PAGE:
Why government is ‘failing’ on AI openness
The body dedicated to upholding ethical standards across the public sector has published a major report examining how to ensure those standards are not threatened by AI and automation
Credit: Arek Socha from Pixabay
Selflessness, integrity, objectivity, accountability, openness, honesty, and leadership.
These are the seven characteristics that should guide and inform the work of all holders of public office – from cabinet ministers and permanent secretaries, through to front-line social workers and nurses. Known as the Nolan Principles, this septet of tenets was codified in 1995 by the then-newly established Committee on Standards in Public Life.
In the intervening 25 years, the committee – an independent body sponsored by the Cabinet Office – has continued its work to monitor ethical standards in public life, and advise the prime minister on how to best ensure they are upheld.
All the while, those seven standards have remained constant.
But, as government increasingly adopts automation, machine learning, and artificial intelligence technologies, the nature of public service – and public servants – is changing around those unchanging rules.
“We positively think a new AI regulator is not a good idea… they cannot possibly manage it all in the universal way it is going to be used”
Dame Shirley Peace, CSPL member
It is hard to make the case that automated decision-making software can behave selflessly, or that a robot can be held accountable.
Which is why the CSPL’s latest piece of work was a major investigation of how AI might affect standards in public life.
The resultant report was published last week. Across its 78 pages, it makes 15 recommendations covering processes, ethics, and regulation.
But the headline finding, according to committee chair Lord Jonathan Evans, was that three of the seven Nolan principles are likely to be at least somewhat impacted by the rise of AI.
Speaking at the report’s launch event, Lord Evans said that new technologies posed potential challenges to the public sector’s openness, accountability, and objectivity.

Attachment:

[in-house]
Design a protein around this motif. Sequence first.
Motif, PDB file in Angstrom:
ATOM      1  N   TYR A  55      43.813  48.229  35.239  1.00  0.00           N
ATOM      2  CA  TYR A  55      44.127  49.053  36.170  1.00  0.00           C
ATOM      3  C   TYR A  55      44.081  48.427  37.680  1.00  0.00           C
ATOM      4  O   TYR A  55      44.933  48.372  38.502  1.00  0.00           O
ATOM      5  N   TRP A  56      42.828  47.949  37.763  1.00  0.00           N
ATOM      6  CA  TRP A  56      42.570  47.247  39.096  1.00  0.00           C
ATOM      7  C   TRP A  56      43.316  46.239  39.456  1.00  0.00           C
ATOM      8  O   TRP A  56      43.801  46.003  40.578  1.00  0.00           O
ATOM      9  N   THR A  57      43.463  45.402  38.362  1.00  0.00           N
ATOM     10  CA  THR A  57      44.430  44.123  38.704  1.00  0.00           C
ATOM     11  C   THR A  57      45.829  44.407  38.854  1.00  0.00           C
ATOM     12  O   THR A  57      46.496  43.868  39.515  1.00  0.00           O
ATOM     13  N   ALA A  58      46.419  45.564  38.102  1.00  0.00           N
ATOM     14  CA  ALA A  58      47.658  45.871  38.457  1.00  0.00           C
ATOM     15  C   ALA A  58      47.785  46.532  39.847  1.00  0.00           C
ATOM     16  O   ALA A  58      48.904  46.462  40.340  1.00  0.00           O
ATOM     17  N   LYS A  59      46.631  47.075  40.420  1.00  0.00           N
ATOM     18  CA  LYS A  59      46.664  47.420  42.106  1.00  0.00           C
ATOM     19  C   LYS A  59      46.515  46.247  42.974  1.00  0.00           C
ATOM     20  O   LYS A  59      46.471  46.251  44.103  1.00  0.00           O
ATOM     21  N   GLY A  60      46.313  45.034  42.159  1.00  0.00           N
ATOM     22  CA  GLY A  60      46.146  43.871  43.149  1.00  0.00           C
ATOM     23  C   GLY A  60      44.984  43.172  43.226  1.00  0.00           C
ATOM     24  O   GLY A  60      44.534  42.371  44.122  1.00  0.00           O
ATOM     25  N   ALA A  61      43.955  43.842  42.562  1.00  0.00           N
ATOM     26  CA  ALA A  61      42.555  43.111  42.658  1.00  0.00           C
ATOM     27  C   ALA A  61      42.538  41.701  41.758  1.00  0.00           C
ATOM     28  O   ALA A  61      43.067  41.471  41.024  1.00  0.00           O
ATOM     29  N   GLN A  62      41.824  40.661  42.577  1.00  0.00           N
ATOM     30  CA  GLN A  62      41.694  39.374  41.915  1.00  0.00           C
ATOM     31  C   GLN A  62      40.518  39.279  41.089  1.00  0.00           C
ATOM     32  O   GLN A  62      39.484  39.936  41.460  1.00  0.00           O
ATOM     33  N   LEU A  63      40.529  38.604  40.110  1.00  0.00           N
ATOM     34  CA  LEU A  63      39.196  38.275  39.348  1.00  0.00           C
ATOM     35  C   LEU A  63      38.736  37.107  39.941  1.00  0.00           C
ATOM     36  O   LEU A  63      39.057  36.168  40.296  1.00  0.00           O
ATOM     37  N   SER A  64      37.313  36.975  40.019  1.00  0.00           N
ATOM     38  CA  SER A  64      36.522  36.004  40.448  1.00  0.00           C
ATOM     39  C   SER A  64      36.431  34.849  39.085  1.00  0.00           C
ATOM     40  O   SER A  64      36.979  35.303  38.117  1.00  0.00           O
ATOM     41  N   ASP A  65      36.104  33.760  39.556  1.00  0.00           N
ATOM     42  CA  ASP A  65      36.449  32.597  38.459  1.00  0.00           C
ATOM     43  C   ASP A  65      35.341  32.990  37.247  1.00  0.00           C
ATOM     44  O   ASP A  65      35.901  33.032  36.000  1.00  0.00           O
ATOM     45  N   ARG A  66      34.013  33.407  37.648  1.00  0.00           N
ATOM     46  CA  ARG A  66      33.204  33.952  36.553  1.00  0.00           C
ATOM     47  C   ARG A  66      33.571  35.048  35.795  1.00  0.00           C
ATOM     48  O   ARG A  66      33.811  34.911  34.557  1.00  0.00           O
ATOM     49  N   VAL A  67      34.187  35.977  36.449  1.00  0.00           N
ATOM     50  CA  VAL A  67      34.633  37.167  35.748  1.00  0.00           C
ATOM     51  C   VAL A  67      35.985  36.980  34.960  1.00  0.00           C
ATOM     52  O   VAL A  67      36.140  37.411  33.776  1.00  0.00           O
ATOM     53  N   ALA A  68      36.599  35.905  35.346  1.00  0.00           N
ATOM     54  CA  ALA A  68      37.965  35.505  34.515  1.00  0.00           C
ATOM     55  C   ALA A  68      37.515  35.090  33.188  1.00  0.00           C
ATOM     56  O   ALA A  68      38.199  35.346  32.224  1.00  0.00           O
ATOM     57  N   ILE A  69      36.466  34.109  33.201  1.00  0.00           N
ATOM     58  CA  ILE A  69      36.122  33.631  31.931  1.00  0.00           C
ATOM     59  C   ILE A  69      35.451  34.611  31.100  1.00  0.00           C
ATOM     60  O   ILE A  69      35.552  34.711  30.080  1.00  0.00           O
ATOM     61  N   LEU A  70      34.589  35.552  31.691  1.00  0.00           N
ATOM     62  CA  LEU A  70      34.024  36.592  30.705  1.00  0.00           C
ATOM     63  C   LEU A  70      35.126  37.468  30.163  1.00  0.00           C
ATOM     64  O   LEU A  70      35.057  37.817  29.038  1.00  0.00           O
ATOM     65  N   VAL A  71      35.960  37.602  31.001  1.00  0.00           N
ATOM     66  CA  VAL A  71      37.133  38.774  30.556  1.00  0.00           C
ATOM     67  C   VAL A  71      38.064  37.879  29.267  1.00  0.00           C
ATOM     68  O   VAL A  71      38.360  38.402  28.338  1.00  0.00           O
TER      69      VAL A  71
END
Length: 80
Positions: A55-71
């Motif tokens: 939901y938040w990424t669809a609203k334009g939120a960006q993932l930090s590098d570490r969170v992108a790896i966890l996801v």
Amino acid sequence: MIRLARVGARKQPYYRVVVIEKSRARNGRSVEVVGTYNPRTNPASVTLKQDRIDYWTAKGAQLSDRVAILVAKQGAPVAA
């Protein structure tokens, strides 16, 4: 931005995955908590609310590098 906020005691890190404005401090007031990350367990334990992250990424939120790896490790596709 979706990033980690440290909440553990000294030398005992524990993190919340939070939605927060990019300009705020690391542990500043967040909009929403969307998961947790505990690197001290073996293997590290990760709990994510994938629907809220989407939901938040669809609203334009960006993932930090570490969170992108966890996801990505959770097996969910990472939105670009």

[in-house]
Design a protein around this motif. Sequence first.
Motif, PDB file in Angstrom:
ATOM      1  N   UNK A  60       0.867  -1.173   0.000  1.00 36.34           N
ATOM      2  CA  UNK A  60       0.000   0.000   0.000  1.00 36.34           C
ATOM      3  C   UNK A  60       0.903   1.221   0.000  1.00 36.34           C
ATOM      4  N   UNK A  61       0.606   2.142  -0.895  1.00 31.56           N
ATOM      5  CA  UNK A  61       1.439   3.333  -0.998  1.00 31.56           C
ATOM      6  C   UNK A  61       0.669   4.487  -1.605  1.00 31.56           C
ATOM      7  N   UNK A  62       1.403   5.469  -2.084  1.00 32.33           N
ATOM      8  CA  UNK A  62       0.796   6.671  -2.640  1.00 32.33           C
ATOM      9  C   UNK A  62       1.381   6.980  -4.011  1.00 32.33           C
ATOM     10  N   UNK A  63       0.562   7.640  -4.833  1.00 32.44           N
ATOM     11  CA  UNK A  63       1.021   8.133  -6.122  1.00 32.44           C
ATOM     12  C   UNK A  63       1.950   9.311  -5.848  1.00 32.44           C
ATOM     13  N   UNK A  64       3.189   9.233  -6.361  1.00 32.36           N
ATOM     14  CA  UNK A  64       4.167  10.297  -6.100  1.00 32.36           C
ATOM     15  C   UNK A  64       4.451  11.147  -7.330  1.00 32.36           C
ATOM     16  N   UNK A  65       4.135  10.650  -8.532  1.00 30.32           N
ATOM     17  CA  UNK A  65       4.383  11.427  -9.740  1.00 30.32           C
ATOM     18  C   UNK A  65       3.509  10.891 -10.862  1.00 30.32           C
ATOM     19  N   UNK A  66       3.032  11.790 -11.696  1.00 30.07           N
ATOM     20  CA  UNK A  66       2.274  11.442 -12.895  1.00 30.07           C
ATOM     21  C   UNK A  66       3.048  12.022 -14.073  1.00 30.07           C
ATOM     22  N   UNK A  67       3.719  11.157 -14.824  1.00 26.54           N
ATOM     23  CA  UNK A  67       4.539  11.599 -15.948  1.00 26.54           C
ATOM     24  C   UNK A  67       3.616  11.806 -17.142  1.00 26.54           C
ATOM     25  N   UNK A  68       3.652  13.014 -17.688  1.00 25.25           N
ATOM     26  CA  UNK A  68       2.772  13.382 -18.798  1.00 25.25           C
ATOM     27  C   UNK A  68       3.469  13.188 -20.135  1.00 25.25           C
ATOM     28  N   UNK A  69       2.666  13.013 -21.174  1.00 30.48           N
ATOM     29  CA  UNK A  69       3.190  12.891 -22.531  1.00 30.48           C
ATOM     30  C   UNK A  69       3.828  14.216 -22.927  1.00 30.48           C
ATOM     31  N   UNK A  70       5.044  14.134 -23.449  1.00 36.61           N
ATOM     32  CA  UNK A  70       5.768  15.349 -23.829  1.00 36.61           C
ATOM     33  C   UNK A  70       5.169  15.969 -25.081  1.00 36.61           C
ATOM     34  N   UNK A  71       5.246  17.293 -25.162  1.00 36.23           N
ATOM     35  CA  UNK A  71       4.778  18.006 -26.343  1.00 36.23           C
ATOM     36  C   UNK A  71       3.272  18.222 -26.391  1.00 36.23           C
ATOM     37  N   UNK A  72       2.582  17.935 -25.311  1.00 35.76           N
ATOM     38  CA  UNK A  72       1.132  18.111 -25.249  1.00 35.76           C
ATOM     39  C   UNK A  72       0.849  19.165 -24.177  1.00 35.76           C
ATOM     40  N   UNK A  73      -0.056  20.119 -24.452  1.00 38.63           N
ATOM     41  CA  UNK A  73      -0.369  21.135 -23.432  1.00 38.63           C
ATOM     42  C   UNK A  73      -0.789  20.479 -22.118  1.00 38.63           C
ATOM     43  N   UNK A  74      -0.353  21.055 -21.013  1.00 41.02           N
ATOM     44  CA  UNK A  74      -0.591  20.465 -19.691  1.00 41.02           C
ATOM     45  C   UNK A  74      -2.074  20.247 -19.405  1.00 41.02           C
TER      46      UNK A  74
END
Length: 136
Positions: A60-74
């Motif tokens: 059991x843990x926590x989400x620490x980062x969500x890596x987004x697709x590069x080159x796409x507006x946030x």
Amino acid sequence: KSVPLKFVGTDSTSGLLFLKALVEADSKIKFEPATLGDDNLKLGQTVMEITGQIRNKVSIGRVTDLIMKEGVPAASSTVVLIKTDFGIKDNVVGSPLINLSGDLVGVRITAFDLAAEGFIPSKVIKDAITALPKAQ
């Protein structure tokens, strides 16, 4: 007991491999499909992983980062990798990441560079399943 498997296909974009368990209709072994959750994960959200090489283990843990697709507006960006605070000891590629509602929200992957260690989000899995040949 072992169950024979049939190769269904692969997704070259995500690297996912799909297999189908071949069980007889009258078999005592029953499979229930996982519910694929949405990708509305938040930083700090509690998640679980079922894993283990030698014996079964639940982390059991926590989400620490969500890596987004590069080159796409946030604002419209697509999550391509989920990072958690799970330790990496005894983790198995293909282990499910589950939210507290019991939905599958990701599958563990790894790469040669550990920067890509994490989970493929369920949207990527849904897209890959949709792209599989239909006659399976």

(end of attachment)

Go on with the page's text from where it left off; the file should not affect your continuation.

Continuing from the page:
In the latter case, Evans says that, if the data being used is not comprehensive enough, or the algorithms are not correctly tuned, “it is widely recognised that… you can end up embedding and enlarging existing biases, and the governance of these systems is critical, if we are to ensure that they are objective”.
A lack of governance is also an issue in the area of accountability, he adds, where greater protection of citizens and their rights is needed.
But it is perhaps the principle of openness that, as it stands, is most threatened by AI.
Evans says that, when commencing work on the report, the first thing the committee set about doing was “to find out where this technology is being used”.
“Which was easier said than done,” he says. “We talked to some investigative journalists, and they could not find out either… we do not think there is a conspiracy, but we do think there is a failing. [Openness] is part of giving people confidence and part of giving people redress.”.
He adds: “It is very difficult for us to be certain where artificial intelligence and algorithms are being used in public services. In our view, that is a failure. People need to know where and how it is being used, and where they can get redress if they feel it has not been used fairly.”
Regulation and procurement
The first of the 15 recommendations is that the government should “identify, endorse and promote” appropriate ethical principles and guidance. The committee notes that there are several sets of guidelines already in existence, and that clarity is needed on where and how each of these ought to be applied.
The second measure recommended is that, before using the technology in the delivery of citizen services, “all public sector organisations should publish a statement on how their use of AI complies with relevant laws and regulation”.
Thirdly, the committee believes that the Equality and Human Rights Commission should work alongside the Alan Turing Institute and the Centre for Data Ethics and Innovation to create guidance on “how public bodies should best comply with” equalities legislation.
The fourth recommendation is that a “regulatory assurance body” should be established to “identify gaps in the regulatory landscape”.
Year in which the Nolan principles were published
Openness, accountability, and objectivity
The three principles that CSPL believes will be impacted by AI
Number of recommendations made by the committee
Estimated value of upcoming dynamic purchasing system for AI
But the committee is decidedly not recommending the creation of a dedicated regulator for artificial intelligence.